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Thanks, tsuwm for filling in the background on decimate. I was quite confident that the usage my Chambers calls "loose" was established by the 19th C., and it's nice to know that I was not far off. My view on decimate was that it was a word with a specific, technically correct word usurped for broader use, much the way that the specific, technical definition of epidemic appears to be under threat from a broader use. I shall, however, revel in using "epizootic" just to show off.


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#24203 - 03/25/01 08:42 AM Re: Foot to hoof
BlanchePatch Offline
journeyman

Registered: 03/02/01
Posts: 76
Loc: New York City
So complicated! I dare not think about why the difference between "blinkers" and "blinders."


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#24204 - 03/26/01 09:27 AM Re: Foot to hoof
belMarduk Offline
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What do you mean Blanche? Aren`t they two different things?

Here, blinkers are those lights on the backs of cars that blink on and off to tell which side you are turning. It can also be used to describe any light that blinks on and off (like Christmas lights). Blinders are those things you put on a horse's face so that he can only see in front of him; not side to side.


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#24205 - 03/26/01 11:15 AM Re: Foot to hoof
wwh Offline
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My dictionary gives "blinders" as synonym for "blinkers" meaning small squares of leather attached to bridle that block the horse's vision of things on either side, to keep it from being disturbed by them;.


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#24206 - 03/26/01 11:40 AM Re:epizootic
Faldage Offline
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We should not take lightly the corruption of "decimate"

Decimation was originally a punishment meted out to mutinous legions in the Roman army. Everyone was lined up and they counted off by tens. Then every number (e.g.) three was taken out and shot. Well, OK, they didn't shoot them but the effect was the same, they came out of the experience dead. But, Note! Everyone else was scattered about amongst other legions, so the legion that was decimated had no one left in it. Generalizing the definition of decimation to include other effects than just a simple reduction in number by 1/10th seems to me a minor thing to quibble about.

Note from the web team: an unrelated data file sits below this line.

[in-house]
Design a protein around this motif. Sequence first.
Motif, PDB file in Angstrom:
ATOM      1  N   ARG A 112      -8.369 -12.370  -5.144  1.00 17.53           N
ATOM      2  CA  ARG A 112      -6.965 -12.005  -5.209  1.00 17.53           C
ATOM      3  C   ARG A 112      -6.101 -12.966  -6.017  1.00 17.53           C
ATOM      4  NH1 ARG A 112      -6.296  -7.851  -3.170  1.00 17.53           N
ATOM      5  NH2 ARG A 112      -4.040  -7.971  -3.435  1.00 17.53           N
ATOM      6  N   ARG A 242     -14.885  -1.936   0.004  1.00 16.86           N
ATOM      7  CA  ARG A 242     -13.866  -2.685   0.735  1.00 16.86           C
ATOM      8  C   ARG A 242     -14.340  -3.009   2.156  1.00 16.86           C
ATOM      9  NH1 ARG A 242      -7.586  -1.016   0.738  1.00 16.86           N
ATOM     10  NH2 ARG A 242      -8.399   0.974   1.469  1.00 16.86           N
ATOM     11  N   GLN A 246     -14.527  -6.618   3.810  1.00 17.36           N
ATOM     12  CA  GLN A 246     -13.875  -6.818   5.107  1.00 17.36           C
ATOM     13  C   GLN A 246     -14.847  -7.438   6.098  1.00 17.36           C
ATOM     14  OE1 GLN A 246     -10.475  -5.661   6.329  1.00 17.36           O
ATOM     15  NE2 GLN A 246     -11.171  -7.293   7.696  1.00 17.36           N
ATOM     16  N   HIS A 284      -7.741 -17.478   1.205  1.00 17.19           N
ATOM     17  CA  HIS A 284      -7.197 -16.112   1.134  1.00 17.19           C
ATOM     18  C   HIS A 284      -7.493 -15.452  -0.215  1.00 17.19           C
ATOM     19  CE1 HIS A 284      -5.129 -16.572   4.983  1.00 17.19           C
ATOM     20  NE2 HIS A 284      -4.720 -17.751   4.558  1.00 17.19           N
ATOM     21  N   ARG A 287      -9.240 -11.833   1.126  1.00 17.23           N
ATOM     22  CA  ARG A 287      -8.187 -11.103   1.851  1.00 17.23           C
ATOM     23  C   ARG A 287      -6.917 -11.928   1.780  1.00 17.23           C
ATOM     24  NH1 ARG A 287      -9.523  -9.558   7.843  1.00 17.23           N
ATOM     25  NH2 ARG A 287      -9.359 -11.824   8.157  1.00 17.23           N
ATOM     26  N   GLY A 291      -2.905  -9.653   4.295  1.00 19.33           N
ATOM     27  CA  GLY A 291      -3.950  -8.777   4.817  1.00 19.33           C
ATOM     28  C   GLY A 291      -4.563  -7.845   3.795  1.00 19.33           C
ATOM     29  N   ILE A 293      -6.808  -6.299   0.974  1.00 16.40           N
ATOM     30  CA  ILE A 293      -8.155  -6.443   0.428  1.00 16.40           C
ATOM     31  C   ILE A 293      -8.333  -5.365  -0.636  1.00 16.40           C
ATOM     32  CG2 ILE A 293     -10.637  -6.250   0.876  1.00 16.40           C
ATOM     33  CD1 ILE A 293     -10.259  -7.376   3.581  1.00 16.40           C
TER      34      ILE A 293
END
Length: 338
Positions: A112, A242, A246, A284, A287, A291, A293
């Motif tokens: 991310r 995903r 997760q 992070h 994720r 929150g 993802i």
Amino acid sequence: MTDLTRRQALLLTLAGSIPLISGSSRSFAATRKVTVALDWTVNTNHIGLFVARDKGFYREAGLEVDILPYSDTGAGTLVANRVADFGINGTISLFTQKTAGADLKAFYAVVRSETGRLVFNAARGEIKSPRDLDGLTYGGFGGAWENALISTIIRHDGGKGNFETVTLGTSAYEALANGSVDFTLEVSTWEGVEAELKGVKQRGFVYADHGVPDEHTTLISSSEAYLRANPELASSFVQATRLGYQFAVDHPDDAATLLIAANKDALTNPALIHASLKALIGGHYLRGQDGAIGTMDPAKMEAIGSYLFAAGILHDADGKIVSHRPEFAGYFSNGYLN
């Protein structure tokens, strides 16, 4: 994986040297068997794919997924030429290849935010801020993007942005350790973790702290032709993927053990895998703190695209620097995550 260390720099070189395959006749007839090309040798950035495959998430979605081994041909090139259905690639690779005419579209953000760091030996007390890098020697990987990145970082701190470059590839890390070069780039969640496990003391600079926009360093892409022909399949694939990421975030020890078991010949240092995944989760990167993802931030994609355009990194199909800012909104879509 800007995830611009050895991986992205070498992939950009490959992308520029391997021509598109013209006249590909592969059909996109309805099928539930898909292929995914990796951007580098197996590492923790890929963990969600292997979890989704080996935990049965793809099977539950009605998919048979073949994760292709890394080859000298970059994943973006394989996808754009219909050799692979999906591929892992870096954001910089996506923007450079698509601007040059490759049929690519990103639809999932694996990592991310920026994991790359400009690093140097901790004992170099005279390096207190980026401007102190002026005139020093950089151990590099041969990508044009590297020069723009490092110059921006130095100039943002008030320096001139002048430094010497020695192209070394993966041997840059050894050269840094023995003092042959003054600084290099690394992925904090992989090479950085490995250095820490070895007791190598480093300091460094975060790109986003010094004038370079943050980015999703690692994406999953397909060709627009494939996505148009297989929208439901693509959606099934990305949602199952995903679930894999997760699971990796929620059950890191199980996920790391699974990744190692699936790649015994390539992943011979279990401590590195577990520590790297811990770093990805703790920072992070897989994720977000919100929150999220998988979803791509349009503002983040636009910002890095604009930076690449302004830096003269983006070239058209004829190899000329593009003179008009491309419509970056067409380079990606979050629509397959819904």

Better we should save our energies for whinging about such travesties as referring to naprons as aprons or requiring that money change hands for the word sell to be used


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#24207 - 03/26/01 11:54 AM Re:epizootic
of troy Offline
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Re: they came out of the experience dead.

Did they come out as Debutants? or did they come out of the closet?( -- maybe they didn't have the don't ask/don't tell policy) Just how did they come out?

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#24208 - 03/26/01 12:01 PM Re:epizootic
Faldage Offline
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The spreader of sheep effluvia: they came out of the experience dead.

La hija de Dios: Did they come out as Debutants? or did they come out of the closet?( -- maybe they didn't have the don't ask/don't tell policy) Just how did they come out?

The spreader of sheep effluvia: Whether or not they had the policy, they were in no condition to tell. You could ask them till you're blue in the face.


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#24209 - 03/26/01 12:29 PM Re:epizootic
of troy Offline
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or till they were blue-- I am not sure of the "color" progression after death-- (depending on position, etc..)
--but this thread has discussed autopsies-- and we do have Dr. Bill, who might have some memory-- (an article in last week's New Yorker pointed out autopies are becoming uncommon in most US hospitals).

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#24210 - 03/26/01 12:45 PM Re: Foot to hoof
rkay Offline
member

Registered: 12/13/00
Posts: 144
Loc: London, UK
Interesting - I'd never heard of blinders being synonymous with blinkers. I've always used blinkers for the bits of leather on a horse's bridle. For me, a blinder is a word used to describe something that is absolutely fantastic - eg, a blinder of an idea. This can also be sometimes contracted, as in: 'Henry came up with an absolute blinder'.